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Open Access Research

Empirical examination of the indicator ‘pediatric gastroenteritis hospitalization rate’ based on administrative hospital data in Italy

Jacopo Lenzi1, Lorenza Luciano1, Kathryn Mack McDonald2, Simona Rosa1, Gianfranco Damiani3, Giovanni Corsello4 and Maria Pia Fantini1*

Author Affiliations

1 Department of Biomedical and Neuromotor Sciences, Alma Mater Studiorum – University of Bologna, Bologna, Italy

2 Center for Health Policy/Center for Primary Care and Outcomes Research, Stanford University, Stanford, USA

3 Institute of Hygiene, Catholic University of the Sacred Heart, Rome, Italy

4 Department of Sciences for Health Promotion and Mother and Child Care, University of Palermo, Palermo, Italy

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Italian Journal of Pediatrics 2014, 40:14  doi:10.1186/1824-7288-40-14

Published: 11 February 2014

Abstract

Background

Awareness of the importance of strengthening investments in child health and monitoring the quality of services in the pediatric field is increasing. The Pediatric Quality Indicators developed by the US Agency for Healthcare Research and Quality (AHRQ), use hospital administrative data to identify admissions that could be avoided through high-quality outpatient care. Building on this approach, the purpose of this study is to perform an empirical examination of the ‘pediatric gastroenteritis admission rate’ indicator in Italy, under the assumption that lower admission rates are associated with better management at the primary care level and with overall better quality of care for children.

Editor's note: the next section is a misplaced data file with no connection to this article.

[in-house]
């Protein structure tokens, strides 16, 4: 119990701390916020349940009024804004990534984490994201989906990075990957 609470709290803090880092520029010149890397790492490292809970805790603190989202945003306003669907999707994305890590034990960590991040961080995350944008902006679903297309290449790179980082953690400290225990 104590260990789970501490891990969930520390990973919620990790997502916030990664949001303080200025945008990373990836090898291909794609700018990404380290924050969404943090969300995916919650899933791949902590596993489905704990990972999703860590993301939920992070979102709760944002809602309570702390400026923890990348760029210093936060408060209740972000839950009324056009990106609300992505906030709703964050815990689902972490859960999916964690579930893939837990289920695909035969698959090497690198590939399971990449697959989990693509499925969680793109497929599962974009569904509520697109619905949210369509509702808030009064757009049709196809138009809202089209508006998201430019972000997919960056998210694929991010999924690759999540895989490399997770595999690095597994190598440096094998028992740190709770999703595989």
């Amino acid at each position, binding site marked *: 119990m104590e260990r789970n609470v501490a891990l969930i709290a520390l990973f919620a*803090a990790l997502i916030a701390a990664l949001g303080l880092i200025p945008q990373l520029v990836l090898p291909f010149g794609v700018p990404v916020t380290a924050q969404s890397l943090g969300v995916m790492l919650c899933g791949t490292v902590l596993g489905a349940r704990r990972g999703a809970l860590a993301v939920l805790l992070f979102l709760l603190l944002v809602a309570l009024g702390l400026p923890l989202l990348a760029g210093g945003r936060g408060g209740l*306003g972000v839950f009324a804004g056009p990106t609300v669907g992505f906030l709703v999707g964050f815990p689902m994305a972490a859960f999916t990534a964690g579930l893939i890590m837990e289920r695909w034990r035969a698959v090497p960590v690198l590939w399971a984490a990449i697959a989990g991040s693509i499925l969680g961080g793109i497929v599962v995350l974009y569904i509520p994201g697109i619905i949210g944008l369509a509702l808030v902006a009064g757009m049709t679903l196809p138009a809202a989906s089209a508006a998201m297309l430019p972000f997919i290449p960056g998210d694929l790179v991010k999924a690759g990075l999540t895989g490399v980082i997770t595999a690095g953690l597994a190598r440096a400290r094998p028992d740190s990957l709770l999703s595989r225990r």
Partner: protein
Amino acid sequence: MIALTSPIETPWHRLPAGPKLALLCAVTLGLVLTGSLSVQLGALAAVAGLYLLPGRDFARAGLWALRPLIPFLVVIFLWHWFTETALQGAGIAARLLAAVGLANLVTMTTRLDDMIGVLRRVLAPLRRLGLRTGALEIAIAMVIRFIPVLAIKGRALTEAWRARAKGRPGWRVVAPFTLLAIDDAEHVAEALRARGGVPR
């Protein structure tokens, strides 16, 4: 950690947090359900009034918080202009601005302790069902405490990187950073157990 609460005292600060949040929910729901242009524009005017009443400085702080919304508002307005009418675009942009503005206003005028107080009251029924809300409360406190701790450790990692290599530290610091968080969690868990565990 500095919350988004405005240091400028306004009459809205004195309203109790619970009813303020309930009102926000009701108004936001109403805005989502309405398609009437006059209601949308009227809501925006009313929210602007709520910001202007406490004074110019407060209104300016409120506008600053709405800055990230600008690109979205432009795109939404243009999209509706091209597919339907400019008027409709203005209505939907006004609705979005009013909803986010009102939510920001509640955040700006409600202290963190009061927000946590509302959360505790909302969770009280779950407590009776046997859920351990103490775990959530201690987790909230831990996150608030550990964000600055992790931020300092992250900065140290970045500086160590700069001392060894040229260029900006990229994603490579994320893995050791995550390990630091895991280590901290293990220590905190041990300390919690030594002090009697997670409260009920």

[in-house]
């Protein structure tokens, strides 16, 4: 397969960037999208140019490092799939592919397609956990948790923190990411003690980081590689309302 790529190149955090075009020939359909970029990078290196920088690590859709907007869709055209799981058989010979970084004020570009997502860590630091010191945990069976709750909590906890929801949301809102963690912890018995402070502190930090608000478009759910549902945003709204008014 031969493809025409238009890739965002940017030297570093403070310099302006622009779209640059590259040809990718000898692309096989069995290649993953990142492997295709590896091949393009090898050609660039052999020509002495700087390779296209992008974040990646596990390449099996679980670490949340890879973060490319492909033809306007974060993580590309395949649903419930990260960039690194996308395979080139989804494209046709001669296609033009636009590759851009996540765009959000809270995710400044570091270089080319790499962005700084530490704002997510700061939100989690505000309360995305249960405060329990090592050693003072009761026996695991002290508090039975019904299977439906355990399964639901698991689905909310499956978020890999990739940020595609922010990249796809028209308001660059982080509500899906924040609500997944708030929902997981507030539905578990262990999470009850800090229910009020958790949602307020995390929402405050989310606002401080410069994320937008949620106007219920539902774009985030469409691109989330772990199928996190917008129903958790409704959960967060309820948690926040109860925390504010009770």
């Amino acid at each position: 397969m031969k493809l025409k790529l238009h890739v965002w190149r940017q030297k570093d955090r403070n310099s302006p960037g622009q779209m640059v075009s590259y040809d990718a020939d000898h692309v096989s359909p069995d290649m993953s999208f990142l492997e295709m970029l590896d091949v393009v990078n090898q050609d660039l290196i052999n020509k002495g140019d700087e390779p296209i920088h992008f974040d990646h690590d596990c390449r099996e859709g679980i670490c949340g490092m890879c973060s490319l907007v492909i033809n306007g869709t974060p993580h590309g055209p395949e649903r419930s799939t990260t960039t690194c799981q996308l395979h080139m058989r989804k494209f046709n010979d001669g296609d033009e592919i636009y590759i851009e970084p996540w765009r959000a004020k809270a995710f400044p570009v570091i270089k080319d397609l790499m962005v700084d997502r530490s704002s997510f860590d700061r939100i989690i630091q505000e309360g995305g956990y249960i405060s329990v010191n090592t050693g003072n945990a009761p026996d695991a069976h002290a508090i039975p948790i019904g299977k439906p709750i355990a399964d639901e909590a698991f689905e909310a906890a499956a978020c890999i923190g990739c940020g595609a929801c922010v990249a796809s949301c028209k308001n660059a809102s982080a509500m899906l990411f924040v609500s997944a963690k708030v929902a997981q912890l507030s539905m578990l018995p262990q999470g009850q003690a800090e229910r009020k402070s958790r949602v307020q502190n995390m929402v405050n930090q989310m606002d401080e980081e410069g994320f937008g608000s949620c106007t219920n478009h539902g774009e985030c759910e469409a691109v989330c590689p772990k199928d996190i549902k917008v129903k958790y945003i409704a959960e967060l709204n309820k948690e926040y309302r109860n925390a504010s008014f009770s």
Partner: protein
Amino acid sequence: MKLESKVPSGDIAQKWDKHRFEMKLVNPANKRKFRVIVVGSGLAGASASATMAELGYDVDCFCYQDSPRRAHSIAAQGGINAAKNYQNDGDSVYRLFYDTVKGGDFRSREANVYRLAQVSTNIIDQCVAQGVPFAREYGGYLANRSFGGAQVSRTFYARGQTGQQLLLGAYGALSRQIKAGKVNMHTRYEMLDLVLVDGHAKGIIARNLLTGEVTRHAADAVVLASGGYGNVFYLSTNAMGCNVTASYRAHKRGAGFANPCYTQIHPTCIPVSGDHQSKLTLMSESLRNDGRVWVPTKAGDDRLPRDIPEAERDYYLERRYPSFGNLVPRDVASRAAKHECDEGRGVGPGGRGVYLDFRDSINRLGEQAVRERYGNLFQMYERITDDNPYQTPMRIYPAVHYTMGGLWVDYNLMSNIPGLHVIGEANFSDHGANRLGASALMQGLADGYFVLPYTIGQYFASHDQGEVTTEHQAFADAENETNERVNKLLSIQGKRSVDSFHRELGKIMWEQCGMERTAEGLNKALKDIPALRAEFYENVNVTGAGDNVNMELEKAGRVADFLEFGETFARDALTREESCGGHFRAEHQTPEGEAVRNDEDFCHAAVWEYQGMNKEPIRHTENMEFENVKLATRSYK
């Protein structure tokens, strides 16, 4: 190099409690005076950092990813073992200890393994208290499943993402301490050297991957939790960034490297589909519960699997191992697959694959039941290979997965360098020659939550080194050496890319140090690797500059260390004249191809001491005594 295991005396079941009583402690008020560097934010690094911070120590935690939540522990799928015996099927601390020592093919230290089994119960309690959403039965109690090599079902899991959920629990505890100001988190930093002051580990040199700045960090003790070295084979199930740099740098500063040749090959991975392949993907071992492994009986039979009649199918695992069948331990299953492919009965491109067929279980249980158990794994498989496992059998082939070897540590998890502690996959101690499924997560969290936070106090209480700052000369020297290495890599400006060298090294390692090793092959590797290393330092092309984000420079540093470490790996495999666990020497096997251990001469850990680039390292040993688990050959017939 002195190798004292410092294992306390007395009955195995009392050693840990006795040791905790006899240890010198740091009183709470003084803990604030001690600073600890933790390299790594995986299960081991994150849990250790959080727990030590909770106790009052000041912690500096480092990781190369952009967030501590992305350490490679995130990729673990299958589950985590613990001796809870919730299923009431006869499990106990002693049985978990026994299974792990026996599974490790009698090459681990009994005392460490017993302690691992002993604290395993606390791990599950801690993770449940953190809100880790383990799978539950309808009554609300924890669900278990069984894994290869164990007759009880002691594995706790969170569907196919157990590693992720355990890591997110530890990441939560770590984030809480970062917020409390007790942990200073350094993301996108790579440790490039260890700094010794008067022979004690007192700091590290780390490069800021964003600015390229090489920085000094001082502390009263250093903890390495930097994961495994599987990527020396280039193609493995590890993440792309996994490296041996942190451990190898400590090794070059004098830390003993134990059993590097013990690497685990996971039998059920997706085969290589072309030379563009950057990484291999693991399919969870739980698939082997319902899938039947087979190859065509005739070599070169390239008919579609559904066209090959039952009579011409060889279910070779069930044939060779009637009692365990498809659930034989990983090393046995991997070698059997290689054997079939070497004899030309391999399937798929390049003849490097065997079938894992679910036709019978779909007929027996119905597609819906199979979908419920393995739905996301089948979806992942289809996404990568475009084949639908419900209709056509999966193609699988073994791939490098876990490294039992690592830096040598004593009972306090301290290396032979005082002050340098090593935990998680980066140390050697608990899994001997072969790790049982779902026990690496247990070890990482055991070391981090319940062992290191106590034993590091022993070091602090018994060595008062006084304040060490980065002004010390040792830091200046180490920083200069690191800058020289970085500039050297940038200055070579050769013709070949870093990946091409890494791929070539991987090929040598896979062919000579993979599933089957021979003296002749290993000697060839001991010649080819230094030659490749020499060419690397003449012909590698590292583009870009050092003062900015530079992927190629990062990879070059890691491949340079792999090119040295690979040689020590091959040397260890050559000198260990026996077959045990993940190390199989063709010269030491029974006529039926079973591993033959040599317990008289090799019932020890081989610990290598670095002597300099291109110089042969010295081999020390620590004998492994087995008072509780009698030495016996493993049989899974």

Methods

Following the AHRQ process for evaluating quality indicators, we examined age exclusion/inclusion criteria, selection of diagnostic codes, hospitalization type, and methodological issues for the ‘pediatric gastroenteritis admission rate’. The regional variability of hospitalizations was analyzed for Italian children aged 0–17 years discharged between January 1, 2009 and December 31, 2011. We considered hospitalizations for the following diagnoses: non-bacterial gastroenteritis, bacterial gastroenteritis and dehydration (along with a secondary diagnosis of gastroenteritis). The data source was the hospital discharge records database. All rates were stratified by age.

Results

In the study period, there were 61,130 pediatric hospitalizations for non-bacterial gastroenteritis, 5,940 for bacterial gastroenteritis, and 38,820 for dehydration. In <1-year group, the relative risk of hospitalization for non-bacterial gastroenteritis was 24 times higher than in adolescents, then it dropped to 14.5 in 1- to 4-year-olds and to 3.2 in 5- to 9-year-olds. At the national level, the percentage of admissions for bacterial gastroenteritis was small compared with non-bacterial, while including admissions for dehydration revealed a significant variability in diagnostic coding among regions that affected the regional performance of the indicator.

Conclusions

For broadest application, we propose a ‘pediatric gastroenteritis admission rate’ that consists of including bacterial gastroenteritis and dehydration diagnoses in the numerator, as well as infants aged <3 months. We also suggest adjusting for age and including day hospital admissions. Future evaluation by a clinical panel at the national level might be helpful to determine appropriate application for such measures, and make recommendations to policy makers.

Keywords:
Health services research; Quality of care; Quality indicators; Pediatrics; Gastroenteritis